Krabat (2009)

Krabat
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Supernatural themes and violence

Director: Marco Kreuzpaintner
Actors: Daniel Bruhl, David Kross, Christian Redd

In the seventeenth century, a 14-year-old orphan named Krabat fl ees the horrors of the Thirty Years War by becoming an apprentice to the ominous master of a mysterious mill. One of 12 young men working for the miller, Krabat is not only taught the craft of milling but is also initiated into a sinister world of dark arts. When the life of his friend and protector becomes threatened, Krabat must struggle to free himself from an evil sorcerer’s control in a gripping fi ght for freedom, friendship and love.

DVD
Status: Normal
Run time: 115mins
Origin: GERMANY
Aspect Ratio: 16:9
Audio Formats: English Dolby Digital 5.1
Subtitles:

Member Reviews (3)

JeffK
says
Krabat. Engaging characters and atmospheric, I especially like its dark gothic-like quality. The script though wasn’t particularly good as it was fairly predictable. You know: love conquers all- even seemingly invincible sorcerers.
Posted Friday, 17 August 2012 See my other reviews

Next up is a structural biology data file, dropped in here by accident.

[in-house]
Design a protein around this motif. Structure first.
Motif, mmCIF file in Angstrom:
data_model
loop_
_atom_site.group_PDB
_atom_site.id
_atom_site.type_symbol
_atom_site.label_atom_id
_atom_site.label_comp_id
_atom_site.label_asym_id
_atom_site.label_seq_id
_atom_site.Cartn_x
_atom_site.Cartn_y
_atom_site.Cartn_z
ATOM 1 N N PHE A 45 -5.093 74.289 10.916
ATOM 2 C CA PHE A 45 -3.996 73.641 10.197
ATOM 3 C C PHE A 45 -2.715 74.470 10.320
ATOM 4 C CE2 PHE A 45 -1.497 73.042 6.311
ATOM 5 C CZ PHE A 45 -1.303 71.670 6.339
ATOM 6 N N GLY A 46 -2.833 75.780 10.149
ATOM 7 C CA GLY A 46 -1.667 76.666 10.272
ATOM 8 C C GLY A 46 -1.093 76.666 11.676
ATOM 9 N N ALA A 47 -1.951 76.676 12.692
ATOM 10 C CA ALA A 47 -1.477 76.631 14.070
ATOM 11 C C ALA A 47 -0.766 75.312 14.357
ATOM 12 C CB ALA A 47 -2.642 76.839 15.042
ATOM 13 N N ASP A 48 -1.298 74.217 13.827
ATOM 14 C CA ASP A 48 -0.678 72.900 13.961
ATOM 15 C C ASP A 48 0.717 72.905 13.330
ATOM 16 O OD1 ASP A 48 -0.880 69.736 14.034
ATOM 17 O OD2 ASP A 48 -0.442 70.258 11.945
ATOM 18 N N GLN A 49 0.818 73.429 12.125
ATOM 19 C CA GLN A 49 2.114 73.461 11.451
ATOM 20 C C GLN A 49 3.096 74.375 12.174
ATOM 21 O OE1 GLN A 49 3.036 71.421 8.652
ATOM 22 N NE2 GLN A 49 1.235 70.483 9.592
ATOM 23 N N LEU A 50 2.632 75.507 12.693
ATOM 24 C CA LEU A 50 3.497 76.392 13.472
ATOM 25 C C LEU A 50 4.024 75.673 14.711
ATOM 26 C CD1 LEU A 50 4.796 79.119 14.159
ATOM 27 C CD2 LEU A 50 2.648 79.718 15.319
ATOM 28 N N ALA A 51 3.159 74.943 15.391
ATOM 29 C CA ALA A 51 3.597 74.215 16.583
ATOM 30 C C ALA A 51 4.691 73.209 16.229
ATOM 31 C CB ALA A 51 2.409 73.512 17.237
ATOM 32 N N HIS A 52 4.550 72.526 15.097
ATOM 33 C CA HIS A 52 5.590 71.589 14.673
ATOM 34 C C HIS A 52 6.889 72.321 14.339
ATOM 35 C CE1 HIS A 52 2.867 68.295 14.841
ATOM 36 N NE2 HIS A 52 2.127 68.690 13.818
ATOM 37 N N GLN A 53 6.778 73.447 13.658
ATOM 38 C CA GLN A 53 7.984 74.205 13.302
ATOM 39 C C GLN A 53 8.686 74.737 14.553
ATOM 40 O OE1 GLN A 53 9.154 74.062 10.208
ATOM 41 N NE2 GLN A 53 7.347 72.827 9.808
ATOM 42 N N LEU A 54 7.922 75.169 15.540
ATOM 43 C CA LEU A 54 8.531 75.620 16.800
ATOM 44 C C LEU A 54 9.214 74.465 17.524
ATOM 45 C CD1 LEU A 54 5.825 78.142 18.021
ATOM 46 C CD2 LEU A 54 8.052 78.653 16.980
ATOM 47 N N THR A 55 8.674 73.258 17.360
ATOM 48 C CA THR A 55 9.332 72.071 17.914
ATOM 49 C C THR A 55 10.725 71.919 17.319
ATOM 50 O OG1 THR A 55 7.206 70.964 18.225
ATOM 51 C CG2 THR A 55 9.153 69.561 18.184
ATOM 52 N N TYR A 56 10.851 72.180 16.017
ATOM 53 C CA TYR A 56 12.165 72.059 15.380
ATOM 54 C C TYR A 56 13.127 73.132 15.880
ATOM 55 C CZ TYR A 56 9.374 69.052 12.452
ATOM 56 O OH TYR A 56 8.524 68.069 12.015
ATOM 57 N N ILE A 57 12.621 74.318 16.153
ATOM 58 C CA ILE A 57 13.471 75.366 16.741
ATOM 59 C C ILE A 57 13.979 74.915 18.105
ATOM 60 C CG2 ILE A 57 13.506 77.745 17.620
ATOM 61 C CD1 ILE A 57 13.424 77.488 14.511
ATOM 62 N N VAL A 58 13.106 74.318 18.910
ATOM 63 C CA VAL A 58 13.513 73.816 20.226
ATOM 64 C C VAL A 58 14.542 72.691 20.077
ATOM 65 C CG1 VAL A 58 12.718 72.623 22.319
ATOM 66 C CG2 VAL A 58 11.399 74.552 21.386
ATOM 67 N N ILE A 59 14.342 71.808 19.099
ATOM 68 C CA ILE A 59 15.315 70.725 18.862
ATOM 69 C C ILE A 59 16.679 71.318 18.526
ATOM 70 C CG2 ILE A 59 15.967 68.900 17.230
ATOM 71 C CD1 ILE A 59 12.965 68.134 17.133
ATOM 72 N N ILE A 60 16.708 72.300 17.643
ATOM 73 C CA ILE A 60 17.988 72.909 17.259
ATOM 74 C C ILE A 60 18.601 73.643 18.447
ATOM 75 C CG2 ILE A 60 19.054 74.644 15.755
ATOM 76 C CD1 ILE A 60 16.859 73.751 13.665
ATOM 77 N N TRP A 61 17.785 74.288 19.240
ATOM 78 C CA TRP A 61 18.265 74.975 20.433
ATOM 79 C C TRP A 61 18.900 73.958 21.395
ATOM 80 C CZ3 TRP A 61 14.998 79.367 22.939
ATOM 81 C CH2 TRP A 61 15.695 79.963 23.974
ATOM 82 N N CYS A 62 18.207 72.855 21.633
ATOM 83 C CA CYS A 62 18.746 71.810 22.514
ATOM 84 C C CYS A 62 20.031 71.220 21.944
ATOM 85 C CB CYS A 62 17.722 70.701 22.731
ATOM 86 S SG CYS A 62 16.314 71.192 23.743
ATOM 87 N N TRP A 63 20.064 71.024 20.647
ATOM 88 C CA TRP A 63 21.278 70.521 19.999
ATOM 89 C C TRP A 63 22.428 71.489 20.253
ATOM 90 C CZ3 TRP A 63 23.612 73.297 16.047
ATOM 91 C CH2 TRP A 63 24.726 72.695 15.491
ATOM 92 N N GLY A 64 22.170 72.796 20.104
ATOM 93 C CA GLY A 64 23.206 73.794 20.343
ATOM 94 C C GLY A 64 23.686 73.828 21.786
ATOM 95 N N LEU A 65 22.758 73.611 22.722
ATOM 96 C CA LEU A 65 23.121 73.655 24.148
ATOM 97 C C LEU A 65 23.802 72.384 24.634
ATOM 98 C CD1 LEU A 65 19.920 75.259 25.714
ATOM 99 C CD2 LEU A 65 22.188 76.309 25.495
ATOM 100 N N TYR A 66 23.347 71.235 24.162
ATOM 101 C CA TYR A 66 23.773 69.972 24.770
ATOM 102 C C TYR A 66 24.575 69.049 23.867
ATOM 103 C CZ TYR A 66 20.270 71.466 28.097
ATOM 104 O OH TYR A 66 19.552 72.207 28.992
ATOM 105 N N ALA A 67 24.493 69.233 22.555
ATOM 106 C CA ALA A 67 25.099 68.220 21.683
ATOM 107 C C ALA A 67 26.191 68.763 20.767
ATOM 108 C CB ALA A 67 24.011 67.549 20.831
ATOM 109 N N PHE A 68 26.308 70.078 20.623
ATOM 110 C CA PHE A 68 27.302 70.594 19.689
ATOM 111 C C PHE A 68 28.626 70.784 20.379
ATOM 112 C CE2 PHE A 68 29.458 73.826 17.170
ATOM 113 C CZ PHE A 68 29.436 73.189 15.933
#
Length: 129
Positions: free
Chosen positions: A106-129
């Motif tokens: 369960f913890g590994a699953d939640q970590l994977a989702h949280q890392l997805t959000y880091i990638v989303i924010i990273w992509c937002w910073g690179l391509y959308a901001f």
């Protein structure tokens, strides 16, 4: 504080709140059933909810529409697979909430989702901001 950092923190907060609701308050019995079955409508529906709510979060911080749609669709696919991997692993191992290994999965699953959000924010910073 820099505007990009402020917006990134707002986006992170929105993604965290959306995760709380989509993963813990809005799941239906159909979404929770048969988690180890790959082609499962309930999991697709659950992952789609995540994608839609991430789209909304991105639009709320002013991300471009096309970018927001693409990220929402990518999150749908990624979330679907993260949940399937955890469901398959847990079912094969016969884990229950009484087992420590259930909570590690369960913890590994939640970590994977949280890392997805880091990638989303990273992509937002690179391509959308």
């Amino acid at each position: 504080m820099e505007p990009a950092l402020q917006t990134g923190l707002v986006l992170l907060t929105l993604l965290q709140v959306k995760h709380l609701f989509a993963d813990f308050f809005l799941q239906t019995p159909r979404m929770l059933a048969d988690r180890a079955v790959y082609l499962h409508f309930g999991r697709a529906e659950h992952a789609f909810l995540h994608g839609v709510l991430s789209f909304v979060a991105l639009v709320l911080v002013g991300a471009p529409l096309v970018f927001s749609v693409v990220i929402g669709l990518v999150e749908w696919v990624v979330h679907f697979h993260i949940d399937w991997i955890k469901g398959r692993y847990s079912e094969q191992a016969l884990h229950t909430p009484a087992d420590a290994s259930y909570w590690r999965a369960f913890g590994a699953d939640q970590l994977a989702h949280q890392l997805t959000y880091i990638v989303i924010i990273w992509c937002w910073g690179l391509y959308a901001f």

PeterJH
says
This is the sort of horror/terror (with love story) that US movie makers always try for.....and miss. The theme is simple: the sorcerer keeps captive young men by way of magic and the spell can only be broken by love. But around this are the stories of Krabat, Tondu and Lyschko as well as the other nine men. The mill itself has a presence as does the surrounding landscape (although this is not an 'in the woods' movie). Visually this is a stunning movie: the sets are impressive with the effects well hidden. The fight scenes borrow more from Crouching Tiger than Twilight. The young male leads are played by well known actor Daniel Bruhl, David Kross (Warhorse) and Robert Stadlober (Summer Storm). There is an intensity between their characters not seen in the average US flick. Okay at two hours this is a long movie (drawn-out by it depth and darkness) but it’s worth the time. For those who are subtitle-phobic it shouldn't be a worry: these are young men/teens don't expect long discourses on philosophy. Less is more with the dialogue here.
Posted Saturday, 4 February 2012 See my other reviews
barb
says
its OK but i expected more
Posted Monday, 13 September 2010 See my other reviews
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